The accomplished musician, known by his Paper Diamond moniker, has released his biggest collection of music since 2013’s Paragon: an 11-track album called Holograms. Originally debuted through standout tracks like flagship single “Work 9000,” the record is a versatile one, with Botwin weaving in and out between heavier bass offerings and more low-key emotive pieces like “Piece of Mind.” He’s brought aboard a talented crew of collaborators like JSTJR and Polina to lend their skills to the music, resulting in a dynamic, well-rounded collection of tracks that are sure to intrigue dance music fans of all persuasions.
Sammy Bananas hand long been a respected figurehead in the dance music scene. Fans of Fool’s Gold Records will know him as the less forward-facing A-Trak signee, frequently appearing in the label’s radio shows, remix duty, and on many of the imprint’s compilations over the course of a decade. But the Fool’s Gold OG has never been in the spotlight in the way he is now, with the release of his debut full-length LP, Someday.
Through a lengthy, tasty catalog of singles, Bananas made it clear that his game is disco. Someday takes those inspirations further than just disco and the genre’s newer iterations, swinging through indie electronica, flanked by saxophones and progressions lifted right out of 1980’s with some contemporary dance flare. He’s made the record a collaborative effort, teaming up with singers like BOSCO and Kaleena Zanders to round out the album’s vocal fuel.
With a mantra of “little. yellow. different.” Bananas has had a strong sense of humor throughout his career, and it comes through directly in his music. “21,” one of the album’s only singles, hilariously leans on the all too familiar sentiments one might feel as they meet people out at night. The record’s charmingly cheesiest homage to the 80’s however by way of slow jam “How Many Kisses?” effortlessly reaching peak nostalgia. At long last, Sammy Bananas is having a deserved moment in the sun, and he’s dropped off an exceptionally fun collection to celebrate.
Out now on Fool’s Gold Records, Los Angeles native producer Hoodboi‘s latest offering, “Tip Of My Tongue” featuring TZAR, is a funky, minimalist new single from two longtime collaborators. On the new track, Hoodboi’s songwriting chops shine alongside Russian songstress TZAR’s perfectly syrupy vocal. Widely known for his Jersey club sound, Hoodboi flawlessly parlays his talent into the electro R&B realm on his latest single and on its predecessor “Glide” featuring Tkay Maidza.
“I’ve been writing music with TZAR for a couple years now. I knew we landed on something special when we wrote ‘Tip Of My Tongue’ one night at her apartment,” Hoodboi says of the production process for the song. “This track was one of the starting points for the EP and helped shape the rest of the songs.”
The new tune is lifted off of Hoodboi’s upcoming Breathing Room EP, out soon via A-Trak‘s Fool’s Gold Records.
Josh Young deserves some serious respect for his boldness. The man left an incredibly successful dance music project as a former half of Flosstradamus, with the promise to himself, and his fans, that he was going to broaden his horizons and challenge himself. Well, since the launch YehMe2, the producer has done just that and avoided the leverage his former position at the head of HDYNATION would provide to his new project.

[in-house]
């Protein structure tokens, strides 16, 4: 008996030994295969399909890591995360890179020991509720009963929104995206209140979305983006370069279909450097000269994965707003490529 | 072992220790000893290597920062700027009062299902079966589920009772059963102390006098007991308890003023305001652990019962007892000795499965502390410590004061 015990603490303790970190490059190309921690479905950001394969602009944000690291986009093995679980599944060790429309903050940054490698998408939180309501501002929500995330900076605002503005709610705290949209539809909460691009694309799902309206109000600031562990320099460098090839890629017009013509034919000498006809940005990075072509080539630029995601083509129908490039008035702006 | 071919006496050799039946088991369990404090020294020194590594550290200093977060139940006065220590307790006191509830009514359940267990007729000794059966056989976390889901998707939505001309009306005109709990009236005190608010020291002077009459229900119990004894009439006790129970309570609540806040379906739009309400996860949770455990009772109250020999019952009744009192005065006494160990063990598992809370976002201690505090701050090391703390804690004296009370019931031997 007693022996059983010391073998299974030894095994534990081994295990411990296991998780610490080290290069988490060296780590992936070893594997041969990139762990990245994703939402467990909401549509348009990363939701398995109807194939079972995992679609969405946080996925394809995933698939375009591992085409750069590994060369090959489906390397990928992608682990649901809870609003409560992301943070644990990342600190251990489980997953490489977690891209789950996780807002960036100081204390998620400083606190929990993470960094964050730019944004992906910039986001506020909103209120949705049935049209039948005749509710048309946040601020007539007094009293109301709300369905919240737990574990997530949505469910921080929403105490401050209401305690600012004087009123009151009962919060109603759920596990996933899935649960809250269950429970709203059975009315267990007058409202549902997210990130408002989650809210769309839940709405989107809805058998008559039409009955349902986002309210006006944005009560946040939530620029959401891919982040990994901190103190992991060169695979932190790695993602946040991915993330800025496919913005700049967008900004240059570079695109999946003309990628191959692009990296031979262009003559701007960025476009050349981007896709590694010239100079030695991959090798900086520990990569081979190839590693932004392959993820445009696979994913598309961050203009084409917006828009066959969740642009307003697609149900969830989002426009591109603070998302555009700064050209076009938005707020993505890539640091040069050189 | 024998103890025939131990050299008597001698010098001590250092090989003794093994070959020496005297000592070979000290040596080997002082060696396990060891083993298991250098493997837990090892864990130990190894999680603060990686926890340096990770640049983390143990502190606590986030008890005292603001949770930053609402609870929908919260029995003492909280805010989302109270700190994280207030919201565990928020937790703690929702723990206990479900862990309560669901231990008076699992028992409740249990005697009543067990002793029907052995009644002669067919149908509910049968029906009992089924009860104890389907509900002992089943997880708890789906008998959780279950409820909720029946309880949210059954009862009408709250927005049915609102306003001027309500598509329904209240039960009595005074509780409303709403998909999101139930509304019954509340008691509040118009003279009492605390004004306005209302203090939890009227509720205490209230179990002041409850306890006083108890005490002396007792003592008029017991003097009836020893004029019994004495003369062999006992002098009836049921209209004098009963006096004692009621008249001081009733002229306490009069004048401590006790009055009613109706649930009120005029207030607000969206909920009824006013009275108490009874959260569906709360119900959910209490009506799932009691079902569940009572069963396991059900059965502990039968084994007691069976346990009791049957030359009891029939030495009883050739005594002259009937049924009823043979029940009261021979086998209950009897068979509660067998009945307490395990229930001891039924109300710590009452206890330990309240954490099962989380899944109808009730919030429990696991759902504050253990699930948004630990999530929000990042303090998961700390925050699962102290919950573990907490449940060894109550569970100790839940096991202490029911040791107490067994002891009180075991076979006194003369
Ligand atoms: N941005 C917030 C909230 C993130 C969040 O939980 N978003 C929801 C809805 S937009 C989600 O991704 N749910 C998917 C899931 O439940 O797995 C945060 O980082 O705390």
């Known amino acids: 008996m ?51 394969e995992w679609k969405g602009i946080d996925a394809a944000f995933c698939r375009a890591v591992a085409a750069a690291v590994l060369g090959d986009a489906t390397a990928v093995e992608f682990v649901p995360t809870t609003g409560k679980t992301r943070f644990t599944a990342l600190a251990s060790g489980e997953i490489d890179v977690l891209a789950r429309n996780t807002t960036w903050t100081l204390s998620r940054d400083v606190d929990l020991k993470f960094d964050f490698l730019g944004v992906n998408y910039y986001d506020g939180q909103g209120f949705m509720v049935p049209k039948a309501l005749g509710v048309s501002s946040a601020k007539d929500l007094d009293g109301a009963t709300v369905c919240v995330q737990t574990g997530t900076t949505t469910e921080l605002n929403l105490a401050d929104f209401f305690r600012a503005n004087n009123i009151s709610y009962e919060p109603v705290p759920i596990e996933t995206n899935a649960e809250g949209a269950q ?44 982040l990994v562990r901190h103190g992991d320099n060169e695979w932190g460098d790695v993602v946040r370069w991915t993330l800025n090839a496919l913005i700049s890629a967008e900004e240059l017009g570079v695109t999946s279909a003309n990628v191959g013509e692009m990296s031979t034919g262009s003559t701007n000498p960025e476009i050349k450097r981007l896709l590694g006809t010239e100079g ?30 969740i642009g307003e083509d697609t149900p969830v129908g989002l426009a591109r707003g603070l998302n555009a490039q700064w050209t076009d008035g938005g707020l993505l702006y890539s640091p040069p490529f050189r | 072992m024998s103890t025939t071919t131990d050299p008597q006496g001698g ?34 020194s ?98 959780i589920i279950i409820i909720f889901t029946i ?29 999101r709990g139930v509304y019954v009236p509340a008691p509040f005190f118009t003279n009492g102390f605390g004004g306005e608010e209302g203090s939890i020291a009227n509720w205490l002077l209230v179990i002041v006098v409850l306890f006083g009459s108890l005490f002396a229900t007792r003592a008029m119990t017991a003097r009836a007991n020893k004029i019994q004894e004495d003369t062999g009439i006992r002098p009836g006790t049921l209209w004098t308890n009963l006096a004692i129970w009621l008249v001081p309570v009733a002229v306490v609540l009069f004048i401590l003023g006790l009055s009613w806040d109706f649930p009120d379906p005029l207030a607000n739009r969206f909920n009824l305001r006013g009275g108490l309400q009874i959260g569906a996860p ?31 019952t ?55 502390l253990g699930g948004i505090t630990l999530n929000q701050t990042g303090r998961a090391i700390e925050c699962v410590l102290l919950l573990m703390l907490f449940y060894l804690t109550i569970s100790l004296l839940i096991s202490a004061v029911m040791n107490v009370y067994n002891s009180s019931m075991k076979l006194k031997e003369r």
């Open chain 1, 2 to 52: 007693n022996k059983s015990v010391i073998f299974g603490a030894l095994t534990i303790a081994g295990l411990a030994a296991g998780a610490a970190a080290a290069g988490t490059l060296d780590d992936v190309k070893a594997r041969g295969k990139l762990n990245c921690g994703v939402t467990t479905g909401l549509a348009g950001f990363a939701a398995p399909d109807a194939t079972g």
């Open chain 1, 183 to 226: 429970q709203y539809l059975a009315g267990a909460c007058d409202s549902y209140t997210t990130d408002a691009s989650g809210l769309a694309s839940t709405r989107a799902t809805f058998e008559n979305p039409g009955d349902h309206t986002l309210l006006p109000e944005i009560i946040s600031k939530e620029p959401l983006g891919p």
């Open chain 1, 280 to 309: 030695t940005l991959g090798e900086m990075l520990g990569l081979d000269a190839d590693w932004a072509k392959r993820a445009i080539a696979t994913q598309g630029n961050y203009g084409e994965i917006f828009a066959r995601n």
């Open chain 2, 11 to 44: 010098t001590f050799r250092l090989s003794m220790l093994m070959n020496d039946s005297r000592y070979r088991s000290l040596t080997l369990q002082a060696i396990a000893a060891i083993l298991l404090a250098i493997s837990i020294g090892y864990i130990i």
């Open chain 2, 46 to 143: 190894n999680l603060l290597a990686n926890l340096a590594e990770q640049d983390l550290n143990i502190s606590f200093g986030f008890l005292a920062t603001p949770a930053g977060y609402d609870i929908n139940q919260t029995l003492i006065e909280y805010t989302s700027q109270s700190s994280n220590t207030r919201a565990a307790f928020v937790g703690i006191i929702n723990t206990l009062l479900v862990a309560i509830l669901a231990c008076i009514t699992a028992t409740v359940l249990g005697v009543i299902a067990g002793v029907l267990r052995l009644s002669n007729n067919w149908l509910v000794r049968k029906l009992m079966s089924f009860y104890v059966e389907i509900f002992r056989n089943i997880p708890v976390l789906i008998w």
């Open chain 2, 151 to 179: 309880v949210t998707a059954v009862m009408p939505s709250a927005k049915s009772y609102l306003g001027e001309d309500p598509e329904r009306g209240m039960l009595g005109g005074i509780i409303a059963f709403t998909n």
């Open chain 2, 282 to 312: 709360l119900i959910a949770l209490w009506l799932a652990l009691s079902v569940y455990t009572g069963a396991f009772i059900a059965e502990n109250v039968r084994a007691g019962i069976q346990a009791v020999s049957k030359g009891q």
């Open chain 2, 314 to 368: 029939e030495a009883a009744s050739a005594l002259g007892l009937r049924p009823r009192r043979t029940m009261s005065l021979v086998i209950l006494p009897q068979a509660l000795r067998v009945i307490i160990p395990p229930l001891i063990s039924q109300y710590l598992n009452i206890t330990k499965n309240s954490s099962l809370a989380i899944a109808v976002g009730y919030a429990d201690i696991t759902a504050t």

Now, YehMe2 has linked with A-Trak for a handful of exciting moves. The pair are on tour together as 2018 gets underway, and now they’re upping the ante with a two-track mini EP that includes a preview of a third collaboration to soon follow. Instead of gritty hip-hop and trap products though, A-Trak and YehMe2 opt for a more lighthearted approach with their Skat Men EP — comprised of both DJs actually scatting on the tracks.
Both “Neo Wokyo” and “Take Me 2 The Barbershop,” featuring rump-shaking aficionado Wuki, are simply fun, shuffle-primed uptempo cuts that don’t take themselves too seriously. The EP also includes a preview for the duo’s impending “Prayer Hands” as well. Strong club fare — probably not. Proper festival ammo — also unlikely. The two Fools Gold veterans couldn’t seem to care less though, and therein lies the joint project’s appeal. At it’s core, the EP is meant to be goofy and amusing, and it just made scatting a helluva lot cooler.
GTA have always kept to a strict “death to genres” code, and generally, they’ve been able to disguise their production style around a wide variety of different sonics. There’s no doubt however that the Miami exports have a strong penchant for trap music, and when they deliver, it tends to go hard –– case and point, their newest piece alongside Falcons and Stush, “Buyaka.” LA’s Falcons, UK-based rapper Stush, and GTA all found their first pairing on a remix of 2015’s “What We Tell Dem,” and now the group has rejoined on a brand new original product that weaves Stush’s dubby spits through a turbulent trap beat that impressively complements the three producers’ bombastic styles.
The new track, which found its debut earlier this year in Falcons’ Diplo & Friends mix, stacks up multi-layered percussion behind patois-laced versework before dropping into a knocking break with a punchy hook. Stush’s heavy rhyme format grinds over Falcons’ and GTA’s stomping beat, blurring the gaps between trap, dancehall and hip-hop. “Buyaka” comes with a fitting A-Trak cosign, landing by way of Falcons’ longtime home imprint, Fool’s Gold Records.